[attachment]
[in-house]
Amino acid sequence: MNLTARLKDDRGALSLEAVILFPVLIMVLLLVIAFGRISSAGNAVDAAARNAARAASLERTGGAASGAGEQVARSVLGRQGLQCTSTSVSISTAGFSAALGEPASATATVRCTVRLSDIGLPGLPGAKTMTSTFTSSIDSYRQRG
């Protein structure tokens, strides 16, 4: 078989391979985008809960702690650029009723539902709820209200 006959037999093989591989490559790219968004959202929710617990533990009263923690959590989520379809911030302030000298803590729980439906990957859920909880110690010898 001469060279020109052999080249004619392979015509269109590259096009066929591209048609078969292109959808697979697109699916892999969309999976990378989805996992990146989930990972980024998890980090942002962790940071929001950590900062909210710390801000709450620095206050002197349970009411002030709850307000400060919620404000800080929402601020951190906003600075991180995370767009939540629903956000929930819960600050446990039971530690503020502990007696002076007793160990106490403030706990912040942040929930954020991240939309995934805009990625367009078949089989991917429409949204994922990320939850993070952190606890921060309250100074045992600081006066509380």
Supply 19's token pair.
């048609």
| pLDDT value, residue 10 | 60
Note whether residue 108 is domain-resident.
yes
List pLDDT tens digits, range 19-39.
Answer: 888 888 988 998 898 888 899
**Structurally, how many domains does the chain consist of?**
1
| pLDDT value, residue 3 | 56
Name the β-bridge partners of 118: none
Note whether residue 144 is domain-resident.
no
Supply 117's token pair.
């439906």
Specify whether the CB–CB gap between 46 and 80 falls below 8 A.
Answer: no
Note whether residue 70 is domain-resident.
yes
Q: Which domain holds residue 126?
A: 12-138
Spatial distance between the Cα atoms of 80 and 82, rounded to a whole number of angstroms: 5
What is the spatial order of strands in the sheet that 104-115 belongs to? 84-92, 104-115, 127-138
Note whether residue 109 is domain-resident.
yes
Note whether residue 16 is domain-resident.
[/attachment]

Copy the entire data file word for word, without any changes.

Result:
[in-house]
Amino acid sequence: MNLTARLKDDRGALSLEAVILFPVLIMVLLLVIAFGRISSAGNAVDAAARNAARAASLERTGGAASGAGEQVARSVLGRQGLQCTSTSVSISTAGFSAALGEPASATATVRCTVRLSDIGLPGLPGAKTMTSTFTSSIDSYRQRG
């Protein structure tokens, strides 16, 4: 078989391979985008809960702690650029009723539902709820209200 006959037999093989591989490559790219968004959202929710617990533990009263923690959590989520379809911030302030000298803590729980439906990957859920909880110690010898 001469060279020109052999080249004619392979015509269109590259096009066929591209048609078969292109959808697979697109699916892999969309999976990378989805996992990146989930990972980024998890980090942002962790940071929001950590900062909210710390801000709450620095206050002197349970009411002030709850307000400060919620404000800080929402601020951190906003600075991180995370767009939540629903956000929930819960600050446990039971530690503020502990007696002076007793160990106490403030706990912040942040929930954020991240939309995934805009990625367009078949089989991917429409949204994922990320939850993070952190606890921060309250100074045992600081006066509380």
Supply 19's token pair.
């048609």
| pLDDT value, residue 10 | 60
Note whether residue 108 is domain-resident.
yes
List pLDDT tens digits, range 19-39.
Answer: 888 888 988 998 898 888 899
**Structurally, how many domains does the chain consist of?**
1
| pLDDT value, residue 3 | 56
Name the β-bridge partners of 118: none
Note whether residue 144 is domain-resident.
no
Supply 117's token pair.
């439906």
Specify whether the CB–CB gap between 46 and 80 falls below 8 A.
Answer: no
Note whether residue 70 is domain-resident.
yes
Q: Which domain holds residue 126?
A: 12-138
Spatial distance between the Cα atoms of 80 and 82, rounded to a whole number of angstroms: 5
What is the spatial order of strands in the sheet that 104-115 belongs to? 84-92, 104-115, 127-138
Note whether residue 109 is domain-resident.
yes
Note whether residue 16 is domain-resident.